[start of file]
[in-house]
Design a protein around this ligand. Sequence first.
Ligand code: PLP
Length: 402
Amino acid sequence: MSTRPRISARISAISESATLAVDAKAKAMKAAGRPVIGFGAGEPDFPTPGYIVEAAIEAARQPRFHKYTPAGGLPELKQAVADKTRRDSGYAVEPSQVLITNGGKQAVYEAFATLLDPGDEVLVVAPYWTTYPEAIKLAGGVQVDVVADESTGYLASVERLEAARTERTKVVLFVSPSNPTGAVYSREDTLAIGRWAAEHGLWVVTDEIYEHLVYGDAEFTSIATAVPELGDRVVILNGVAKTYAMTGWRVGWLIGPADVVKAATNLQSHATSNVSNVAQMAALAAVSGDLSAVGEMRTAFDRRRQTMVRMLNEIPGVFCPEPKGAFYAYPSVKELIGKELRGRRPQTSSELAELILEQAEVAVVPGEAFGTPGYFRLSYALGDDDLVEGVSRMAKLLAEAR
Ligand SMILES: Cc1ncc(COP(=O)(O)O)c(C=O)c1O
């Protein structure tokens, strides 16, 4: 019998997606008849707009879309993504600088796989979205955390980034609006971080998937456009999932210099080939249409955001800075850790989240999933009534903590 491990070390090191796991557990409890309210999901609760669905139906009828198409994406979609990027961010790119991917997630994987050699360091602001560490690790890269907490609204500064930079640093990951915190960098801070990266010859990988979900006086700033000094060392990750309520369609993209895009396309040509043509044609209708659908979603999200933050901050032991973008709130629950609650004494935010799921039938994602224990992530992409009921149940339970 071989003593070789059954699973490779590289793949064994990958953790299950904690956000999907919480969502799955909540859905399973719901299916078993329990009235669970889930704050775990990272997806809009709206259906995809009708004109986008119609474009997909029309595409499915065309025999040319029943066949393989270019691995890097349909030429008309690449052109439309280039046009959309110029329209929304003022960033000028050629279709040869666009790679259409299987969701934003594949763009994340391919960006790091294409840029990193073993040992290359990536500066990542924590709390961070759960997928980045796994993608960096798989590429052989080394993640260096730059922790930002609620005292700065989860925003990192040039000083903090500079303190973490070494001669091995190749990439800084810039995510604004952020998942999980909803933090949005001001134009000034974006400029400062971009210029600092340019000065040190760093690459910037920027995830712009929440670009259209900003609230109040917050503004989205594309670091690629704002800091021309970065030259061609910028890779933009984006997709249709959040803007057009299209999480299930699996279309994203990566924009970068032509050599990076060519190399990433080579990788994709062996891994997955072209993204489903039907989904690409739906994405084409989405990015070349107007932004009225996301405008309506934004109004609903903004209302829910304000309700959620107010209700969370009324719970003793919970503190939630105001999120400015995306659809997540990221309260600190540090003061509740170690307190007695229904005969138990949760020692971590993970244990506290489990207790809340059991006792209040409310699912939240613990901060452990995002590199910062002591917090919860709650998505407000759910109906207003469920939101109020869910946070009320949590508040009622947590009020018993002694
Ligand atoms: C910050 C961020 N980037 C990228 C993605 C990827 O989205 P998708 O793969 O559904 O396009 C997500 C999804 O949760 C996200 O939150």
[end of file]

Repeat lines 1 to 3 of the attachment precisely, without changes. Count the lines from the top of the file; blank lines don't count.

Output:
[in-house]
Design a protein around this ligand. Sequence first.
Ligand code: PLP